WASHINGTON -- What was supposed to be little more than a workout for World Boxing Association super lightweight champion Sharmba Mitchell of Washington, turned into an extended 12-round battle with surprisingly stubborn Pedro Saiz of the Dominican Republic in the Showtime co-feature last night at the Washington Convention Center.
Mitchell (44-2), who was dazzling in winning the title last October from France's Khaldi Rahilou, again exhibited a lot of flash and hand speed to gain a unanimous decision. One judge even gave him a 120-105 shutout. But Mitchell never seriously hurt his fellow left-hander, who fought back aggressively every time the champion landed a solid punch.
Mitchell, 29, sporting colorful trunks that were meant to resemble the Maryland flag, dropped Saiz (23-5-3) with a combination in the fifth round, but Saiz claimed it was more slip than punch.
The action stopped in the seventh when Saiz delivered a below-the-belt uppercut, causing Mitchell to take a three-minute respite. In the ninth, a left hook raised a big welt under Saiz's left eye.
Mitchell, who was added to the Bernard Hopkins-Robert Allen middleweight title card following a neck injury to WBA middleweight champion William Joppy, said he may have broken his right hand in the fourth round throwing a hook.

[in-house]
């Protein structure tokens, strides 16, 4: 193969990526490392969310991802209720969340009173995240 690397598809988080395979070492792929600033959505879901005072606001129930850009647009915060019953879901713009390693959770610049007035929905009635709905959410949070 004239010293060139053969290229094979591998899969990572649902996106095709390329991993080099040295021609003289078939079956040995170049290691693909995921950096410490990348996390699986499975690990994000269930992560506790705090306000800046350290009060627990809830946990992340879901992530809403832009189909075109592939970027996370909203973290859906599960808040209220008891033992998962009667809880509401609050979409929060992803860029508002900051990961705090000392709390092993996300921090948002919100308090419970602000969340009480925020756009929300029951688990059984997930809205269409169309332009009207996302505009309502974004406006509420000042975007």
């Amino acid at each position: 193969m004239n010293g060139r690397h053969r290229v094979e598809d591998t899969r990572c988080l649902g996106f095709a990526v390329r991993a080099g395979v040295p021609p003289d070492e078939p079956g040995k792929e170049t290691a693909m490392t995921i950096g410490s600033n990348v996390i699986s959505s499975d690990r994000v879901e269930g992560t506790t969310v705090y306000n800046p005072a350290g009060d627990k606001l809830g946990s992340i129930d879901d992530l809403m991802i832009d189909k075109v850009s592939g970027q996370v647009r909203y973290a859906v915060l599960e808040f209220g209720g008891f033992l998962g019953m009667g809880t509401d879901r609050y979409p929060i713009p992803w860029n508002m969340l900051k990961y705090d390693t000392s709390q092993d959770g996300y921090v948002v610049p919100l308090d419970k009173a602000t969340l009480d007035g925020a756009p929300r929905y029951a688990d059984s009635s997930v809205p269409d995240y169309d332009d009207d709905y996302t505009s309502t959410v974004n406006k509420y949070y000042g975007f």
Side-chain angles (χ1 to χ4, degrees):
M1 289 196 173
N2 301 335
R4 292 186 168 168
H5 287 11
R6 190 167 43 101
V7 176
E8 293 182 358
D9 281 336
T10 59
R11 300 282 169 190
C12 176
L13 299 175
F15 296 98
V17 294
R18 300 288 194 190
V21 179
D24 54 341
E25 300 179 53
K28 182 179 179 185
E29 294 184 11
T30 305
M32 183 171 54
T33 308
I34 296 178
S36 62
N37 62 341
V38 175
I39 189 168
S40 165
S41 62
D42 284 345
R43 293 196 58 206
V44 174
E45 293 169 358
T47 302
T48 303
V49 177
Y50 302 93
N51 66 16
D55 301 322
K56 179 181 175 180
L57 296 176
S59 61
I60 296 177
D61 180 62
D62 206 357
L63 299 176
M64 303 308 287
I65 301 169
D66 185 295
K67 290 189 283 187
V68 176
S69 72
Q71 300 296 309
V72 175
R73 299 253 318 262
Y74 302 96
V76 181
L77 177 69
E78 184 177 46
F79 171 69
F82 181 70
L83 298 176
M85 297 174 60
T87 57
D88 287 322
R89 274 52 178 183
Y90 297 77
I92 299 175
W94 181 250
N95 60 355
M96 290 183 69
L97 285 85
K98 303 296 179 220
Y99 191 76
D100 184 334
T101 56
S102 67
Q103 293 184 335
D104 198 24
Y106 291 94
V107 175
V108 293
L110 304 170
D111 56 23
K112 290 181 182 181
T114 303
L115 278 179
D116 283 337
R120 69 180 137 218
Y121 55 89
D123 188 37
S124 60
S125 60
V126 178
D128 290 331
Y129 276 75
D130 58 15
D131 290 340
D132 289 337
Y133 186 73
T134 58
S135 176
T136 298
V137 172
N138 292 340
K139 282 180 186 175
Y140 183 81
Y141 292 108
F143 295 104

"I had only two weeks to get ready," he said. "I wanted to knock him out but it wasn't to be."
North American Boxing Federation junior welterweight king Reggie Green got over a case of the jitters and moved closer to a world championship bout with an impressive third-round knockout of Mexico's Jesse Rodriguez Friday night before a sellout crowd of 2,200 at the Pikesville Armory.
Referee Bill Holmes did not bother to count over Rodriguez after Green (29-2) sent him crashing to the canvas with a short left hook flush on the chin.
Neurologist Steve Manekin had to be summoned to administer to Rodriguez (33-13), who was unconscious for two minutes.
Green spoke optimistically of a championship match against Washington rival Mitchell or Vincent Phillips, who holds the International Boxing Federation belt.
"Whoever brings the most money," said Green, who recently signed with promoter Harold Weston.
Middleweights Andrew Council, of Lanham, and Michael Ward, of Fort Washington, were once sparring partners, but they fought like enemies in the ESPN2 co-feature before Council was awarded a unanimous 10-round decision.
Pub Date: 2/07/99